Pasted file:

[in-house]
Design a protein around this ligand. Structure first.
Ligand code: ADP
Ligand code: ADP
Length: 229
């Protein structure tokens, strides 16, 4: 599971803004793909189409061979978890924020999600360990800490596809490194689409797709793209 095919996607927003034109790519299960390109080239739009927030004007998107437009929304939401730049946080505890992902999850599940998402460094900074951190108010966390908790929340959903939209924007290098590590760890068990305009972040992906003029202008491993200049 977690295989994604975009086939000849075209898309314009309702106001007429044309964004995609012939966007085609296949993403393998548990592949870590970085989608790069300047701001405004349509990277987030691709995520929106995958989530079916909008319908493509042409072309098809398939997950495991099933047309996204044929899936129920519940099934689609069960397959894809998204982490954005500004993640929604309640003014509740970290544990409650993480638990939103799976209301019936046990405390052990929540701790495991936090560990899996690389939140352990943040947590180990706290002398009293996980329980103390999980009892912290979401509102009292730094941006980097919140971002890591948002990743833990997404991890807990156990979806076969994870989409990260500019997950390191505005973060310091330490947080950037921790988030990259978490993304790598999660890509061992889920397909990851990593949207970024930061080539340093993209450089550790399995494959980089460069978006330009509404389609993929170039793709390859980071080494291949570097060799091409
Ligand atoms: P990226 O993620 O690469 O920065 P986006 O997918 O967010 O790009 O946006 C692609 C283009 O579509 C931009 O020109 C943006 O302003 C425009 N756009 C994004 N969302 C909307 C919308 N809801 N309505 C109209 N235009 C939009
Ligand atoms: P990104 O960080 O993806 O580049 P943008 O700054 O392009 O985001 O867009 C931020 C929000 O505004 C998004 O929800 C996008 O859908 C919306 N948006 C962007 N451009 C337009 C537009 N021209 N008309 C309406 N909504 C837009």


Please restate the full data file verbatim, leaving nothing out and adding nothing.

[in-house]
Design a protein around this ligand. Structure first.
Ligand code: ADP
Ligand code: ADP
Length: 229
């Protein structure tokens, strides 16, 4: 599971803004793909189409061979978890924020999600360990800490596809490194689409797709793209 095919996607927003034109790519299960390109080239739009927030004007998107437009929304939401730049946080505890992902999850599940998402460094900074951190108010966390908790929340959903939209924007290098590590760890068990305009972040992906003029202008491993200049 977690295989994604975009086939000849075209898309314009309702106001007429044309964004995609012939966007085609296949993403393998548990592949870590970085989608790069300047701001405004349509990277987030691709995520929106995958989530079916909008319908493509042409072309098809398939997950495991099933047309996204044929899936129920519940099934689609069960397959894809998204982490954005500004993640929604309640003014509740970290544990409650993480638990939103799976209301019936046990405390052990929540701790495991936090560990899996690389939140352990943040947590180990706290002398009293996980329980103390999980009892912290979401509102009292730094941006980097919140971002890591948002990743833990997404991890807990156990979806076969994870989409990260500019997950390191505005973060310091330490947080950037921790988030990259978490993304790598999660890509061992889920397909990851990593949207970024930061080539340093993209450089550790399995494959980089460069978006330009509404389609993929170039793709390859980071080494291949570097060799091409
Ligand atoms: P990226 O993620 O690469 O920065 P986006 O997918 O967010 O790009 O946006 C692609 C283009 O579509 C931009 O020109 C943006 O302003 C425009 N756009 C994004 N969302 C909307 C919308 N809801 N309505 C109209 N235009 C939009
Ligand atoms: P990104 O960080 O993806 O580049 P943008 O700054 O392009 O985001 O867009 C931020 C929000 O505004 C998004 O929800 C996008 O859908 C919306 N948006 C962007 N451009 C337009 C537009 N021209 N008309 C309406 N909504 C837009």